CHICAGO (CBS) — Fifteen years and a day after 9/11, one of the survivors of World Trade Center attack spoke about that day at his son’s high school in LaGrange Park.
“The whole building rocked,” said 46-year old Stu Breslow, father of 17-year old Nazareth Academy senior Brendan Breslow.
Fifteen years ago, Stu Breslow was an employee of Lehman Brothers and was at his desk on the 40th floor when the first plane hit the World Trade Center north tower, about 40 stories above him.
“I was on conference call with colleagues in London on a speakerphone, and it was very, very unnatural. So I immediately jumped and ran to the stairwell,” he says.
Breslow said, at dinner on Sunday, the 15th anniversary of the attacks, his wife said a prayer and mentioned that the couple’s two youngest children would never have been born had their father not made it down the stairs in time to get out of his burning skyscraper.
“There was strange calm among all the people that were in the stairwell, and there was not mass hysteria,” he said.
Breslow says he visited the 9/11 memorial and museum for the first time last year and that it sent chills down his spine to hear the voice recordings and see some of the artifacts.
He said he does not have any major lingering effects from 15 years ago, “but, I am very easily startled from any type of loud noise or bang.”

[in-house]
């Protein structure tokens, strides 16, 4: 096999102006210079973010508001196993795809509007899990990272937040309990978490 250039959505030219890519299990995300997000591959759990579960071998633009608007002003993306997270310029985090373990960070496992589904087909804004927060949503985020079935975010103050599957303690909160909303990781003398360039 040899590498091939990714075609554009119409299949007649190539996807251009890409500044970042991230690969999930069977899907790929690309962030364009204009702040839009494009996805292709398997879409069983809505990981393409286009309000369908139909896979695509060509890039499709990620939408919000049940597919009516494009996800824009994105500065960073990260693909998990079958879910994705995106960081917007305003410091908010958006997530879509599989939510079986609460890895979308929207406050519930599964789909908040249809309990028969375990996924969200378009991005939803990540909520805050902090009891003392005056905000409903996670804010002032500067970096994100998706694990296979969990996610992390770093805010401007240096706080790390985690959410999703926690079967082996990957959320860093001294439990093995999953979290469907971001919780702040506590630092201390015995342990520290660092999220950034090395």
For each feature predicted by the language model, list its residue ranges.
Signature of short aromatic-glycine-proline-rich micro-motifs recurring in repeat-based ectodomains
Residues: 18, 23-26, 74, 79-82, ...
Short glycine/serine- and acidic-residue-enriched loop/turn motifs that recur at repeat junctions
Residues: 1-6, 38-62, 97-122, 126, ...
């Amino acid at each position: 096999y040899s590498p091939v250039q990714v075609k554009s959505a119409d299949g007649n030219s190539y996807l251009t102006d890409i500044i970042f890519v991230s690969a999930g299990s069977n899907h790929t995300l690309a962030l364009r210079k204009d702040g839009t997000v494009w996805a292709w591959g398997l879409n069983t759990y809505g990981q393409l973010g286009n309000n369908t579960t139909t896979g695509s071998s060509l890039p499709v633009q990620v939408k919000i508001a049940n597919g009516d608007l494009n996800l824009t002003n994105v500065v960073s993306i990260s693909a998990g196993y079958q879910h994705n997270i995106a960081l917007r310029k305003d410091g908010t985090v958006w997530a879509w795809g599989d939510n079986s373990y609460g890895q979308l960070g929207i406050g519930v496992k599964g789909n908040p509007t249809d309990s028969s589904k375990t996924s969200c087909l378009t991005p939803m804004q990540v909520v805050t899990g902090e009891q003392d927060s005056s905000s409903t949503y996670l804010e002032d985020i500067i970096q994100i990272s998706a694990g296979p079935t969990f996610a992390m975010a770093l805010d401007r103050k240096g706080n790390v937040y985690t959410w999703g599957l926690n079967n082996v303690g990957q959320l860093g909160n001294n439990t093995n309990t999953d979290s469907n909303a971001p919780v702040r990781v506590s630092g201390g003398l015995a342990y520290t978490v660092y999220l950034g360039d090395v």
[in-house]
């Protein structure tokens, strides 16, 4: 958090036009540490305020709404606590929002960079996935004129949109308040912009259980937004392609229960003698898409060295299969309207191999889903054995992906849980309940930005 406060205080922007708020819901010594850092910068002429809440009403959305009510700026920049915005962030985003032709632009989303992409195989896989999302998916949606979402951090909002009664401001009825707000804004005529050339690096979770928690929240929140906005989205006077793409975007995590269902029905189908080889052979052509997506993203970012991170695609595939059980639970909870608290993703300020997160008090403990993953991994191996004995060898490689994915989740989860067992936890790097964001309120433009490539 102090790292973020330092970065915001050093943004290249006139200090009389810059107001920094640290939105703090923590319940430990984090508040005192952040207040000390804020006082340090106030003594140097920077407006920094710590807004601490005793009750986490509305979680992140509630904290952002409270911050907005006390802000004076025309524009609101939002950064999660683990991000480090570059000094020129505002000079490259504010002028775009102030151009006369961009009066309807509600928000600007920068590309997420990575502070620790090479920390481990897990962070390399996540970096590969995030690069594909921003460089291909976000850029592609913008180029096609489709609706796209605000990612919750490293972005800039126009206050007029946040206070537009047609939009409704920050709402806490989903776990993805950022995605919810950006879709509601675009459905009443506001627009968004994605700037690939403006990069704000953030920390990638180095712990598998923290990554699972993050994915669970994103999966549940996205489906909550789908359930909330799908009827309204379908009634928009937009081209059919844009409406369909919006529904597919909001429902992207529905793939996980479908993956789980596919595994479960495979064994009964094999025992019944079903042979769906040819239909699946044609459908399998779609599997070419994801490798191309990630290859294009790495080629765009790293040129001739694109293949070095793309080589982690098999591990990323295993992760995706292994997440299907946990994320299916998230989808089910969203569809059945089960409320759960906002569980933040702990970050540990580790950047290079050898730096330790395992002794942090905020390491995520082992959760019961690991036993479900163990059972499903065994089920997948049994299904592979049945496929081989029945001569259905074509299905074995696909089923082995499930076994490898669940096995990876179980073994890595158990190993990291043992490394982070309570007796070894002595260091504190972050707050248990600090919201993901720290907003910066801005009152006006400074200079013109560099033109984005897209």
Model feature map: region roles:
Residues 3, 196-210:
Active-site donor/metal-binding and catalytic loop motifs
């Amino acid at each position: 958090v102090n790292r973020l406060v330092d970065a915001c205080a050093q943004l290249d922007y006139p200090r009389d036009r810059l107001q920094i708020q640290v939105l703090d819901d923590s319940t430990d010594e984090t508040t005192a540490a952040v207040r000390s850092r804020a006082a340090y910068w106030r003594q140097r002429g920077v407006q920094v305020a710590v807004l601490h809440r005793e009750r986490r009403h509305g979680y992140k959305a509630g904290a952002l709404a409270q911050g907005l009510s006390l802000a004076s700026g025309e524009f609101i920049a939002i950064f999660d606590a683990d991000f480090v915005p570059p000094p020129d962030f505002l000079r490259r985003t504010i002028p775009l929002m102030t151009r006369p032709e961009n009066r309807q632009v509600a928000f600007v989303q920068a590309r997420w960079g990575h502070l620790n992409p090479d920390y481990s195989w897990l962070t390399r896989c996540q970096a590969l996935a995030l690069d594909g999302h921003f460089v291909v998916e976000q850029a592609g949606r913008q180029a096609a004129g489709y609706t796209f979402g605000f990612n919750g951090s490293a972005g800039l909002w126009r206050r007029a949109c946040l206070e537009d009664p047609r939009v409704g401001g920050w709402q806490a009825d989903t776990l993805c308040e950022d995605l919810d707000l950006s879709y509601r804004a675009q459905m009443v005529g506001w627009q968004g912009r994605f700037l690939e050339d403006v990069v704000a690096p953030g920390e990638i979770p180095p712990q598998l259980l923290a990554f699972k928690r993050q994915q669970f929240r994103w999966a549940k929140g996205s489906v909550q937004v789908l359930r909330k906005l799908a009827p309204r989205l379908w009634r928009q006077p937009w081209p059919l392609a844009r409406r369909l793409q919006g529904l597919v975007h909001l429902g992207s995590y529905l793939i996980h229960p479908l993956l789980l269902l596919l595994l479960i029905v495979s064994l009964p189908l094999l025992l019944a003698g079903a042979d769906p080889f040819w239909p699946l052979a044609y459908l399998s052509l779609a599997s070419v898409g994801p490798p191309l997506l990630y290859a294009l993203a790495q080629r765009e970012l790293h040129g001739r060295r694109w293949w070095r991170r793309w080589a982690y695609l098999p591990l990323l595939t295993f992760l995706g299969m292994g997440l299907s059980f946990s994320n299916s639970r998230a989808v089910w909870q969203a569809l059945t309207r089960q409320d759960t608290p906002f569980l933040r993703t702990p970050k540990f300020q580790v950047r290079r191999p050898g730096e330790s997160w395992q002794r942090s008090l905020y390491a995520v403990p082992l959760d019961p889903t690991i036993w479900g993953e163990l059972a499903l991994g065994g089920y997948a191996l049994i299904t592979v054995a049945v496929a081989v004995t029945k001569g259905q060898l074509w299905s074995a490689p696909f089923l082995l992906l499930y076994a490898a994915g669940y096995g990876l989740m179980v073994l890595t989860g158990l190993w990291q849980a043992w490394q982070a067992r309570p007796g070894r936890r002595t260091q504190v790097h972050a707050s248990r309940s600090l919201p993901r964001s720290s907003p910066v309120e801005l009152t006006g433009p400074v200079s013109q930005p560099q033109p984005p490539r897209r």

Nazareth Academy students, who were not born yet or not old enough to remember the 9/11 attacks, said it was good to hear a first-hand account of someone who was at Ground Zero.
“We have learned the facts, we have seen the footage, but we have never had the opportunity to actually enter in to someone’s mind who was there and who experienced the tragedy,” Brooke Gawel said.
Daphne Bigelow, 16, said although she was too young to remember 9/11, Breslow’s talk resonated with her.
“The way that he described it seemed very extremely breathtaking almost, and kind of like this shock of an idea that this is really happening, I can’t believe this happened,” she said.
Breslow encouraged the students to be vigilant, to respect first responders and the military, and to be proud Americans.
“Hopefully they take away the history lesson, and they take away the signs that, or at least the vigilance that this could happen again, and they just need to be aware,” he said.